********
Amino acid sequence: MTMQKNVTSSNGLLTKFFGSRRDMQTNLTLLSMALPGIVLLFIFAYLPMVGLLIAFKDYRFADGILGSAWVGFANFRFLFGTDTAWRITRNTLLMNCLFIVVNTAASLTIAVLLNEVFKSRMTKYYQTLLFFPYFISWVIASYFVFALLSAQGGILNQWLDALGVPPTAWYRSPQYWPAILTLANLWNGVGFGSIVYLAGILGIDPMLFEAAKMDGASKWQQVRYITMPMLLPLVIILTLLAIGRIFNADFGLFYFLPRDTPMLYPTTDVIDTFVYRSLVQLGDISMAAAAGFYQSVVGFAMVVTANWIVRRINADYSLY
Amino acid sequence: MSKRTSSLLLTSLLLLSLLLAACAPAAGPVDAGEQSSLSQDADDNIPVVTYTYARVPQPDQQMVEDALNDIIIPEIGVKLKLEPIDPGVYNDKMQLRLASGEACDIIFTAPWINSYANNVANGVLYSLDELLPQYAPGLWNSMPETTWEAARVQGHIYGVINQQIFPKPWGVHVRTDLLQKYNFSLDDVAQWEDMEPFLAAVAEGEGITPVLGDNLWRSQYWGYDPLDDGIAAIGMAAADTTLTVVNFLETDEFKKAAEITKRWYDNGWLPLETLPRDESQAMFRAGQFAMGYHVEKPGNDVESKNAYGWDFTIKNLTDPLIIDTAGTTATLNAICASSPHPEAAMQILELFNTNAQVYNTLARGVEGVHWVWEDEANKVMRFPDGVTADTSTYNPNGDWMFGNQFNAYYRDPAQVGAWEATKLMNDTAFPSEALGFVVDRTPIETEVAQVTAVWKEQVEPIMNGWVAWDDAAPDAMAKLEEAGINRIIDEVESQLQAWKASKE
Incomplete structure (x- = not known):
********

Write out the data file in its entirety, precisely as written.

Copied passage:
Amino acid sequence: MTMQKNVTSSNGLLTKFFGSRRDMQTNLTLLSMALPGIVLLFIFAYLPMVGLLIAFKDYRFADGILGSAWVGFANFRFLFGTDTAWRITRNTLLMNCLFIVVNTAASLTIAVLLNEVFKSRMTKYYQTLLFFPYFISWVIASYFVFALLSAQGGILNQWLDALGVPPTAWYRSPQYWPAILTLANLWNGVGFGSIVYLAGILGIDPMLFEAAKMDGASKWQQVRYITMPMLLPLVIILTLLAIGRIFNADFGLFYFLPRDTPMLYPTTDVIDTFVYRSLVQLGDISMAAAAGFYQSVVGFAMVVTANWIVRRINADYSLY
Amino acid sequence: MSKRTSSLLLTSLLLLSLLLAACAPAAGPVDAGEQSSLSQDADDNIPVVTYTYARVPQPDQQMVEDALNDIIIPEIGVKLKLEPIDPGVYNDKMQLRLASGEACDIIFTAPWINSYANNVANGVLYSLDELLPQYAPGLWNSMPETTWEAARVQGHIYGVINQQIFPKPWGVHVRTDLLQKYNFSLDDVAQWEDMEPFLAAVAEGEGITPVLGDNLWRSQYWGYDPLDDGIAAIGMAAADTTLTVVNFLETDEFKKAAEITKRWYDNGWLPLETLPRDESQAMFRAGQFAMGYHVEKPGNDVESKNAYGWDFTIKNLTDPLIIDTAGTTATLNAICASSPHPEAAMQILELFNTNAQVYNTLARGVEGVHWVWEDEANKVMRFPDGVTADTSTYNPNGDWMFGNQFNAYYRDPAQVGAWEATKLMNDTAFPSEALGFVVDRTPIETEVAQVTAVWKEQVEPIMNGWVAWDDAAPDAMAKLEEAGINRIIDEVESQLQAWKASKE
Incomplete structure (x- = not known):